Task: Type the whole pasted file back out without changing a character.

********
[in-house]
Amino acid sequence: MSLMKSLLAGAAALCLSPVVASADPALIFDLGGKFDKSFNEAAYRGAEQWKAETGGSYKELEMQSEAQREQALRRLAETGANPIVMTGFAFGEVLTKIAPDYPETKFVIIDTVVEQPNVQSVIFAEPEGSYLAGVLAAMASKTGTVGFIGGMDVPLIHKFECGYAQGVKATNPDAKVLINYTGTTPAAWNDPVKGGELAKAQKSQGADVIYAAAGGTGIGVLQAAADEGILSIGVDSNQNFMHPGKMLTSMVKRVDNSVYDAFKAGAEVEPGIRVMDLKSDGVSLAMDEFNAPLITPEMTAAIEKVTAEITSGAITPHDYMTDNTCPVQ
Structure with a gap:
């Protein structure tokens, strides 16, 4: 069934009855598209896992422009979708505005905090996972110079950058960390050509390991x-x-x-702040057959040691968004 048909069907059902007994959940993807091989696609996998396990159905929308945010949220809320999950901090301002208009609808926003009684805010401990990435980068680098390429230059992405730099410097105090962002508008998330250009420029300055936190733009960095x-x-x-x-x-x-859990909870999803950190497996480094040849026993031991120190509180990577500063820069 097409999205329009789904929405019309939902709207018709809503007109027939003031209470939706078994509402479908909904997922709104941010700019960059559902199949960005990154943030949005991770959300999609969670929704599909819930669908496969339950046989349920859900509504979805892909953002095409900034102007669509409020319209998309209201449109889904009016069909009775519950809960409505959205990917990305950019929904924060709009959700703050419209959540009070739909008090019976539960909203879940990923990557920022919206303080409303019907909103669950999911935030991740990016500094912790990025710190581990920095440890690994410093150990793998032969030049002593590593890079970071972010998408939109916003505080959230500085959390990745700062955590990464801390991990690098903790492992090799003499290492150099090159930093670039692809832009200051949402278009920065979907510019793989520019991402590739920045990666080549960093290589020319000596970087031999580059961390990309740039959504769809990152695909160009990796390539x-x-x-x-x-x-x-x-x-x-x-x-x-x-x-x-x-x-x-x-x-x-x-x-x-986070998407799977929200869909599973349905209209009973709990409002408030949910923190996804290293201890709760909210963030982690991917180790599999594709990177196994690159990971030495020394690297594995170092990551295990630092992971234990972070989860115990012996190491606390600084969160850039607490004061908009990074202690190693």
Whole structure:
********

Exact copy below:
[in-house]
Amino acid sequence: MSLMKSLLAGAAALCLSPVVASADPALIFDLGGKFDKSFNEAAYRGAEQWKAETGGSYKELEMQSEAQREQALRRLAETGANPIVMTGFAFGEVLTKIAPDYPETKFVIIDTVVEQPNVQSVIFAEPEGSYLAGVLAAMASKTGTVGFIGGMDVPLIHKFECGYAQGVKATNPDAKVLINYTGTTPAAWNDPVKGGELAKAQKSQGADVIYAAAGGTGIGVLQAAADEGILSIGVDSNQNFMHPGKMLTSMVKRVDNSVYDAFKAGAEVEPGIRVMDLKSDGVSLAMDEFNAPLITPEMTAAIEKVTAEITSGAITPHDYMTDNTCPVQ
Structure with a gap:
């Protein structure tokens, strides 16, 4: 069934009855598209896992422009979708505005905090996972110079950058960390050509390991x-x-x-702040057959040691968004 048909069907059902007994959940993807091989696609996998396990159905929308945010949220809320999950901090301002208009609808926003009684805010401990990435980068680098390429230059992405730099410097105090962002508008998330250009420029300055936190733009960095x-x-x-x-x-x-859990909870999803950190497996480094040849026993031991120190509180990577500063820069 097409999205329009789904929405019309939902709207018709809503007109027939003031209470939706078994509402479908909904997922709104941010700019960059559902199949960005990154943030949005991770959300999609969670929704599909819930669908496969339950046989349920859900509504979805892909953002095409900034102007669509409020319209998309209201449109889904009016069909009775519950809960409505959205990917990305950019929904924060709009959700703050419209959540009070739909008090019976539960909203879940990923990557920022919206303080409303019907909103669950999911935030991740990016500094912790990025710190581990920095440890690994410093150990793998032969030049002593590593890079970071972010998408939109916003505080959230500085959390990745700062955590990464801390991990690098903790492992090799003499290492150099090159930093670039692809832009200051949402278009920065979907510019793989520019991402590739920045990666080549960093290589020319000596970087031999580059961390990309740039959504769809990152695909160009990796390539x-x-x-x-x-x-x-x-x-x-x-x-x-x-x-x-x-x-x-x-x-x-x-x-x-986070998407799977929200869909599973349905209209009973709990409002408030949910923190996804290293201890709760909210963030982690991917180790599999594709990177196994690159990971030495020394690297594995170092990551295990630092992971234990972070989860115990012996190491606390600084969160850039607490004061908009990074202690190693």
Whole structure: